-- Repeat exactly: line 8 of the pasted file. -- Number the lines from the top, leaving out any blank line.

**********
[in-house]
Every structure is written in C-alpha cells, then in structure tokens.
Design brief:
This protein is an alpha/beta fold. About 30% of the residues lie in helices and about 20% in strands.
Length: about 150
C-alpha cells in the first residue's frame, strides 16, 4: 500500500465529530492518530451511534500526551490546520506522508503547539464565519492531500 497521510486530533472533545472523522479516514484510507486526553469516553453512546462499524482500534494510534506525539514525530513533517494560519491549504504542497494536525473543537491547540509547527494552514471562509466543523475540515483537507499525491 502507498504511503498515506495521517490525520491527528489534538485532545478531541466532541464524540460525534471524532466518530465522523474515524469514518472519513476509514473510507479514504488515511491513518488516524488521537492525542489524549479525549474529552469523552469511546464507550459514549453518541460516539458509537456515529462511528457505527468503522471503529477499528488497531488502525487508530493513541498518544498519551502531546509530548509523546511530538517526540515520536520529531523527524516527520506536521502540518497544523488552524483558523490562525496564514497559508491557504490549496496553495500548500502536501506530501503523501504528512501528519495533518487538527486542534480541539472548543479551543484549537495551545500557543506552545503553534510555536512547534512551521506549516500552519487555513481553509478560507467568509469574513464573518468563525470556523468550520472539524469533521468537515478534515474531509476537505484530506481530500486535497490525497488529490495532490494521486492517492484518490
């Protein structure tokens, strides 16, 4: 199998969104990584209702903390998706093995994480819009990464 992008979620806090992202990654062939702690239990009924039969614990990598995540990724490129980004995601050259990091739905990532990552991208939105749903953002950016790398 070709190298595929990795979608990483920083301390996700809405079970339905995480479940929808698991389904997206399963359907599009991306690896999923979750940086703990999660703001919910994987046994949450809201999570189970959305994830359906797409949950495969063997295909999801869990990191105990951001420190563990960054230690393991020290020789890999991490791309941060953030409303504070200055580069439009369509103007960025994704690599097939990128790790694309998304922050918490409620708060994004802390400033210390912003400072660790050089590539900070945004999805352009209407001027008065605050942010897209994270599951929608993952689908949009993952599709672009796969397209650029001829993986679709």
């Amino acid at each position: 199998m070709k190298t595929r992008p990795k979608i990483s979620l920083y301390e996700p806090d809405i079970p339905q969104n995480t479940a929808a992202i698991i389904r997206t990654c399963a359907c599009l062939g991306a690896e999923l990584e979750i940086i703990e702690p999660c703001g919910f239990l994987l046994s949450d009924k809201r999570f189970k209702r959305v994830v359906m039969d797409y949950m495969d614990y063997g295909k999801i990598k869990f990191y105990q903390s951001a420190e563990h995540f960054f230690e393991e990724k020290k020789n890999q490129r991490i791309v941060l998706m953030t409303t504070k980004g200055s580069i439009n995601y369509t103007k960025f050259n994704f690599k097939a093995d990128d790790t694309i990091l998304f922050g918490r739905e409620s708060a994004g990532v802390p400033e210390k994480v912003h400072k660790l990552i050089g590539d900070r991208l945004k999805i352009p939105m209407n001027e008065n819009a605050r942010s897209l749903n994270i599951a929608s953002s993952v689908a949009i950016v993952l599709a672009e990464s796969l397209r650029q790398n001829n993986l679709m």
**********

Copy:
């Amino acid at each position: 199998m070709k190298t595929r992008p990795k979608i990483s979620l920083y301390e996700p806090d809405i079970p339905q969104n995480t479940a929808a992202i698991i389904r997206t990654c399963a359907c599009l062939g991306a690896e999923l990584e979750i940086i703990e702690p999660c703001g919910f239990l994987l046994s949450d009924k809201r999570f189970k209702r959305v994830v359906m039969d797409y949950m495969d614990y063997g295909k999801i990598k869990f990191y105990q903390s951001a420190e563990h995540f960054f230690e393991e990724k020290k020789n890999q490129r991490i791309v941060l998706m953030t409303t504070k980004g200055s580069i439009n995601y369509t103007k960025f050259n994704f690599k097939a093995d990128d790790t694309i990091l998304f922050g918490r739905e409620s708060a994004g990532v802390p400033e210390k994480v912003h400072k660790l990552i050089g590539d900070r991208l945004k999805i352009p939105m209407n001027e008065n819009a605050r942010s897209l749903n994270i599951a929608s953002s993952v689908a949009i950016v993952l599709a672009e990464s796969l397209r650029q790398n001829n993986l679709m």